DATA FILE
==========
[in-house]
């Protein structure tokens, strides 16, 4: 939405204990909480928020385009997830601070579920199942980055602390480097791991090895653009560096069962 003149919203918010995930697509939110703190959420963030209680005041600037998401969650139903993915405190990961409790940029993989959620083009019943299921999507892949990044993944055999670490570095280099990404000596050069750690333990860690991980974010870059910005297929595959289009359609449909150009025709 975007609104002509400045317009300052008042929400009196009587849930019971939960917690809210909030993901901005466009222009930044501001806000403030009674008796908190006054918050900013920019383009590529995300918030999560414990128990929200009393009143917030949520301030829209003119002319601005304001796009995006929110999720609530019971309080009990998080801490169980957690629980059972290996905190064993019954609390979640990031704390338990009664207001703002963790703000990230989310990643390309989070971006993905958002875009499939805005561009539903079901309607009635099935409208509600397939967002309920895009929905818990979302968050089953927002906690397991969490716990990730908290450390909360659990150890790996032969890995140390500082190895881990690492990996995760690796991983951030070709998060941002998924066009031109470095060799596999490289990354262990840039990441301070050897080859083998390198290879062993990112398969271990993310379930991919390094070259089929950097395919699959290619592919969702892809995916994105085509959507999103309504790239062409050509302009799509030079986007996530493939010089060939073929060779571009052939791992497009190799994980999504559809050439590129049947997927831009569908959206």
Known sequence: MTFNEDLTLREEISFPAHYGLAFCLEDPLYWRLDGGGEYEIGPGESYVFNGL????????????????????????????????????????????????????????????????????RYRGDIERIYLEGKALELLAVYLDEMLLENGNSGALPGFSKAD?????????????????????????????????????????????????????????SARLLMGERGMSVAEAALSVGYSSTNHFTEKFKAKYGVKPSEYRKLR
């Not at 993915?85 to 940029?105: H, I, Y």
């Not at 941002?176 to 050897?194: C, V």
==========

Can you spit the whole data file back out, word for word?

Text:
[in-house]
């Protein structure tokens, strides 16, 4: 939405204990909480928020385009997830601070579920199942980055602390480097791991090895653009560096069962 003149919203918010995930697509939110703190959420963030209680005041600037998401969650139903993915405190990961409790940029993989959620083009019943299921999507892949990044993944055999670490570095280099990404000596050069750690333990860690991980974010870059910005297929595959289009359609449909150009025709 975007609104002509400045317009300052008042929400009196009587849930019971939960917690809210909030993901901005466009222009930044501001806000403030009674008796908190006054918050900013920019383009590529995300918030999560414990128990929200009393009143917030949520301030829209003119002319601005304001796009995006929110999720609530019971309080009990998080801490169980957690629980059972290996905190064993019954609390979640990031704390338990009664207001703002963790703000990230989310990643390309989070971006993905958002875009499939805005561009539903079901309607009635099935409208509600397939967002309920895009929905818990979302968050089953927002906690397991969490716990990730908290450390909360659990150890790996032969890995140390500082190895881990690492990996995760690796991983951030070709998060941002998924066009031109470095060799596999490289990354262990840039990441301070050897080859083998390198290879062993990112398969271990993310379930991919390094070259089929950097395919699959290619592919969702892809995916994105085509959507999103309504790239062409050509302009799509030079986007996530493939010089060939073929060779571009052939791992497009190799994980999504559809050439590129049947997927831009569908959206």
Known sequence: MTFNEDLTLREEISFPAHYGLAFCLEDPLYWRLDGGGEYEIGPGESYVFNGL????????????????????????????????????????????????????????????????????RYRGDIERIYLEGKALELLAVYLDEMLLENGNSGALPGFSKAD?????????????????????????????????????????????????????????SARLLMGERGMSVAEAALSVGYSSTNHFTEKFKAKYGVKPSEYRKLR
């Not at 993915?85 to 940029?105: H, I, Y």
């Not at 941002?176 to 050897?194: C, V």